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May be Able to Levitate Anything

Researchers at the University of Chicago have demonstrated a levitation technique that can move macroscopic objects,...Researchers at the University of Chicago have demonstrated a levitation technique that can move macroscopic objects, using heat flow(Credit: Jean Lachat)

Levitation may look like magic, but there are a number of scientific tricks behind it. Magnetic systems are usually behind gimmicky consumer products like floating lightbulbs and speakers, optical levitation turns up in more academic pursuits like quantum computing, and acoustics could help suspend tiny particles to make better drugs. These techniques only work with certain objects, but researchers at the University of Chicago have developed a method to levitate basically anything, using differences in temperature.

“Magnetic levitation only works on magnetic particles, and optical levitation only works on objects that can be polarized by light, but with our first-of-its-kind method, we demonstrate a method to levitate generic objects,” says Cheng Chin, one of the researchers on the team.

Balls of ceramic, plastic and glass, ice particles, seeds and pieces of lint have been used to demonstrate the technique, and the team found that the levitated particles could be held aloft for over an hour rather than a matter of minutes, and wouldn’t wobble around sideways.

The researchers achieved this versatile levitation through the process of thermophoresis, which manipulates particles by placing them between sources of different temperatures. In this case, the objects were placed in a vacuum between two plates – the bottom one, made of copper, was left at room temperature, while the top plate contained liquid nitrogen, cooling a stainless steel container to -300º F (-184º C). The relative heat would flow from the bottom plate toward the top one, lifting the particles along with it.

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We Could Have Woolly Mammoths Soon

They became extinct thousands of years ago, but now scientists claim they are just two years away from bringing woolly mammoths back from the dead.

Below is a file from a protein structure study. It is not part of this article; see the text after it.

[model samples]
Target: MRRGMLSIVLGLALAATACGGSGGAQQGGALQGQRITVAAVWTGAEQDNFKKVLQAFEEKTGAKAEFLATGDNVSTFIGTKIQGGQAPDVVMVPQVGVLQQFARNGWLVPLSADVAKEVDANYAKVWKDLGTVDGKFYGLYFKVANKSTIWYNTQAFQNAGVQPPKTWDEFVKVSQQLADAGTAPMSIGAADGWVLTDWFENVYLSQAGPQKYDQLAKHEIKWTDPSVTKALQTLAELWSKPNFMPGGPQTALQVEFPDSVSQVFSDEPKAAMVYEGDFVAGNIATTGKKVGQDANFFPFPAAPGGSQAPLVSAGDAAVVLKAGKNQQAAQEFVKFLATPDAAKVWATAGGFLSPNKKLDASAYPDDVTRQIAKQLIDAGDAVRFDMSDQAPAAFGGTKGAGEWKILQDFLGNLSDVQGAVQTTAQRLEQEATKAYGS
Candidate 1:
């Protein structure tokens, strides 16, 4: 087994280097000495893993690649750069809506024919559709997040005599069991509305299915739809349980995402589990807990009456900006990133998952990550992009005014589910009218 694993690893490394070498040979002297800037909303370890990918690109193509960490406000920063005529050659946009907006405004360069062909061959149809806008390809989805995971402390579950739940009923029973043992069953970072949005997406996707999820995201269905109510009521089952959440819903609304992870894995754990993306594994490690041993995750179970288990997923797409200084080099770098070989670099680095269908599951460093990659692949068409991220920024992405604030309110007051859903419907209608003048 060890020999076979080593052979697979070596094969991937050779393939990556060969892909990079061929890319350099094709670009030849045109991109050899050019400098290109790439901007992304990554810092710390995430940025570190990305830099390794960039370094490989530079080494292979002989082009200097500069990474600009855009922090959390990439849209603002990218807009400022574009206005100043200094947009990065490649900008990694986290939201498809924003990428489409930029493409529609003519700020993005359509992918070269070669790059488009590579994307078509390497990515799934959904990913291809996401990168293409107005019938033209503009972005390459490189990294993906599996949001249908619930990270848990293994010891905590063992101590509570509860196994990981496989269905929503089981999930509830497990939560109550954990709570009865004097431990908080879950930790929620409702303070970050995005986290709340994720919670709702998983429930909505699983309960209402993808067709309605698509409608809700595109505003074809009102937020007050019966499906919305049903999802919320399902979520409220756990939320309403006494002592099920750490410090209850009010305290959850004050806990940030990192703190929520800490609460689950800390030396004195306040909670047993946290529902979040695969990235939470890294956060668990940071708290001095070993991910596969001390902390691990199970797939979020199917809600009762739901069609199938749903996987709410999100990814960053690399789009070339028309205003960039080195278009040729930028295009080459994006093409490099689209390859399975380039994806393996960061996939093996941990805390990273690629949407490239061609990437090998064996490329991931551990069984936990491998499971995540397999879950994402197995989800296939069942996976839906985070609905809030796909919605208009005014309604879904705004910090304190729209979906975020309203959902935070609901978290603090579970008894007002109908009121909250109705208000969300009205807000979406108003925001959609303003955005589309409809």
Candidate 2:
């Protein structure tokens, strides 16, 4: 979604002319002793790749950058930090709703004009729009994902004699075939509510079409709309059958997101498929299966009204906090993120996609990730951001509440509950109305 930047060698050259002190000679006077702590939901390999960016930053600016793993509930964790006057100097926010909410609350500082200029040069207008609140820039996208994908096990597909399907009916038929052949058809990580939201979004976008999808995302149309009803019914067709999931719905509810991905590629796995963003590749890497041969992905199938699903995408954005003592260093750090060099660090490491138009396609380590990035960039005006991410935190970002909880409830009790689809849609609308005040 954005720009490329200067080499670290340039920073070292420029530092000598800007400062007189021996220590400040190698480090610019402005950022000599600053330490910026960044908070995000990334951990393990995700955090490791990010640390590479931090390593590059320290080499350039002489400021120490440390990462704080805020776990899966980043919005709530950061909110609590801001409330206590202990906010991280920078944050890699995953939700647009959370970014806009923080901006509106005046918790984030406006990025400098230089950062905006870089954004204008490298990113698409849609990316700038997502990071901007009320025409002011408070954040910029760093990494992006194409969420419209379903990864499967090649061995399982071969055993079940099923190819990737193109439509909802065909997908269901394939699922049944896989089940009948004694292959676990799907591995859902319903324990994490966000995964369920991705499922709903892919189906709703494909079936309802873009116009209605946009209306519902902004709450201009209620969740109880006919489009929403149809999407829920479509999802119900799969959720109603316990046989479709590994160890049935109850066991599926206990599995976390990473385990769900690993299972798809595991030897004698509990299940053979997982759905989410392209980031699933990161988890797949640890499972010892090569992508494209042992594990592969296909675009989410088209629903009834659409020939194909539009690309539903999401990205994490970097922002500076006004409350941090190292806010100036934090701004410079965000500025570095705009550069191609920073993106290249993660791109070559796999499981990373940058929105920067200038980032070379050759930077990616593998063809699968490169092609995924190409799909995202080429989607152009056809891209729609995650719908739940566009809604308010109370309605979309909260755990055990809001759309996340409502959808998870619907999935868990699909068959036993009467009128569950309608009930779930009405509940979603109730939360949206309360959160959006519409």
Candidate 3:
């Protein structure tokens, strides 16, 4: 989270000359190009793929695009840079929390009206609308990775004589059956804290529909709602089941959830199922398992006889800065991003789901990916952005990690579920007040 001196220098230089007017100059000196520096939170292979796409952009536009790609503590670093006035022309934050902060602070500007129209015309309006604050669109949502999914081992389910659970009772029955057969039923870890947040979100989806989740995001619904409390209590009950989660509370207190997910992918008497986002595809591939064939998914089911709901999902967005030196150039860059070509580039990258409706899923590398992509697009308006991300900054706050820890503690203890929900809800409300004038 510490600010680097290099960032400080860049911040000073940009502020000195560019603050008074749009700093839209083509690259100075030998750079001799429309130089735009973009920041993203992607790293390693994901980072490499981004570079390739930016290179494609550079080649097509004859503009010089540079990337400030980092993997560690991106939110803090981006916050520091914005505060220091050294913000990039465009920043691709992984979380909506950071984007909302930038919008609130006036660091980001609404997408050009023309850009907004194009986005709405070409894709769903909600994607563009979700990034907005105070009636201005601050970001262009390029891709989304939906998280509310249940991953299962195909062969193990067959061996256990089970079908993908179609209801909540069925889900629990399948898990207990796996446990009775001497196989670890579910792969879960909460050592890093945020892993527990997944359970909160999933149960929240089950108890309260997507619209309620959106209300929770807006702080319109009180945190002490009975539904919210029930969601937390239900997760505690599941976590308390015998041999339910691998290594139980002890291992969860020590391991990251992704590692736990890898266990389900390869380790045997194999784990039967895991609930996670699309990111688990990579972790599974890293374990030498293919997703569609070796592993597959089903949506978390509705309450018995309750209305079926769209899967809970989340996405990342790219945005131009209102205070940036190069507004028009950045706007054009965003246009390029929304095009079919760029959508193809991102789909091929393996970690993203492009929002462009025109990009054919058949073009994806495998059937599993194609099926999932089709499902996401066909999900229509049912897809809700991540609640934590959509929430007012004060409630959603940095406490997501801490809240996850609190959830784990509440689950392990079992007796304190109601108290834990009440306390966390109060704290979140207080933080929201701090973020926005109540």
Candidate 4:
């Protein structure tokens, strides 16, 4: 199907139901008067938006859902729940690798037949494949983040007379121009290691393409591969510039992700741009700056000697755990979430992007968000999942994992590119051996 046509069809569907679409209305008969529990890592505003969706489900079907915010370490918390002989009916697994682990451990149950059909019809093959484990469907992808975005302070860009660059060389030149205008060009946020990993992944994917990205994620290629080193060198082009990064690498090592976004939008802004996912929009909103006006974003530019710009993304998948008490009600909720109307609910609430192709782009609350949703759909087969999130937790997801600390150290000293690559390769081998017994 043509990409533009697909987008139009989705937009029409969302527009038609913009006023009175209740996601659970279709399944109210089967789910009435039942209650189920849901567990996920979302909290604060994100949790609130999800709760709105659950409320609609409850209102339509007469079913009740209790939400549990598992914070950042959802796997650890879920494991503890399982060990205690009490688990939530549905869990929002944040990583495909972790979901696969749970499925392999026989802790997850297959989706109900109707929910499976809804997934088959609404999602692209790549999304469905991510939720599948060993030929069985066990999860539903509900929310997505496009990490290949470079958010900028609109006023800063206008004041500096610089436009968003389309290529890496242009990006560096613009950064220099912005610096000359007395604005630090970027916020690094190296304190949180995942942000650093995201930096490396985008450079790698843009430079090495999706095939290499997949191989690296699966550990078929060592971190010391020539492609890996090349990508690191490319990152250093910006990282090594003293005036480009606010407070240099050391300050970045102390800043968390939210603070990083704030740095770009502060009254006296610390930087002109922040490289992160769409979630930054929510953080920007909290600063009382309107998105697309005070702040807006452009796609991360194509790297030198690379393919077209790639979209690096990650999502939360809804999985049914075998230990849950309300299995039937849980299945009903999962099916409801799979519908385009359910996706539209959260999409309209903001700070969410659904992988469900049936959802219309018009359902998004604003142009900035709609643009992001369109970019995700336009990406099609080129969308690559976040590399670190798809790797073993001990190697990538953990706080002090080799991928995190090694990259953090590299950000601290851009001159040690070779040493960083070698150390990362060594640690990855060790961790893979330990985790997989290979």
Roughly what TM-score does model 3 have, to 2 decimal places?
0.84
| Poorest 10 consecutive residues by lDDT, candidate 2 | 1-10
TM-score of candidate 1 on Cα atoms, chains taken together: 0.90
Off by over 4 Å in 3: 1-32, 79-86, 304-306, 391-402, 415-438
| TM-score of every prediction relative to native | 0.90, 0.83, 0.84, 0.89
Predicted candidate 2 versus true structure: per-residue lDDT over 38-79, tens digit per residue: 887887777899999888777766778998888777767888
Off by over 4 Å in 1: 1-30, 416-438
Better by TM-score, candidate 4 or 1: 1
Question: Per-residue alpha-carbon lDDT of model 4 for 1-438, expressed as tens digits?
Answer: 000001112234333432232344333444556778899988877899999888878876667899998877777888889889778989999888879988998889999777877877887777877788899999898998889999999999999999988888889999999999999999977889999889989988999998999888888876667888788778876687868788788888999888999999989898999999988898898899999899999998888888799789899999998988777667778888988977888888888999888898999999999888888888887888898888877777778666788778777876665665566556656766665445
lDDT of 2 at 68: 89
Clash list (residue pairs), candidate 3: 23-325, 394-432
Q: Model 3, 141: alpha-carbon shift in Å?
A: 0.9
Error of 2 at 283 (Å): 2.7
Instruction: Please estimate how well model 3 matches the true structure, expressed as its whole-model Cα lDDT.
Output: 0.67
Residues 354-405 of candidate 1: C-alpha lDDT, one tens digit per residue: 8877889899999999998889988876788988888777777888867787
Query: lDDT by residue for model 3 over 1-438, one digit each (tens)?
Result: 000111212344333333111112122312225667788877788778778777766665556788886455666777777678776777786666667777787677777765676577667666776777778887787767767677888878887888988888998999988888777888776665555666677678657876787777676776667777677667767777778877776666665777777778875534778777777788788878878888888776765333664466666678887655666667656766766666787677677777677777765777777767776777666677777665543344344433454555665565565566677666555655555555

The shaggy beasts last wandered the tundra of Siberia before our human ancestors probably hunted them into extinction.

Now a project to bring back the mammoth said within two years the nearest possible thing to a mammoth could be created.

It would be a hybrid between an Asian elephant and a mammoth – perhaps you could call it a ‘mamephant’.

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They became extinct thousands of years ago, but now scientists claim they are just two years away from bringing woolly mammoths back from the dead. Pictured is a 39,000-year-old female woolly mammoth found frozen in Siberian ice in 2013

They became extinct thousands of years ago, but now scientists claim they are just two years away from bringing woolly mammoths back from the dead. Pictured is a 39,000-year-old female woolly mammoth found frozen in Siberian ice in 2013

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Now There are 8 Continents

Scientists have identified a new continent to the east of Australia that they have named ‘Zealandia’.

At 4.9 million square kilometres (1.89 million-square-mile), Zealandia would be Earth’s eighth and smallest continent, if confirmed.

It is a region of mostly submerged land in the Pacific Ocean, and its coast may contain tens of billions of dollars worth of fossil fuels.

Scientists have identified a new continent to the east of Australia that they have named 'Zealandia'. The area encircled in red is the proposed new continent of Zealandia. At 4.9million square kilometres, Zealandia would be the smallest continent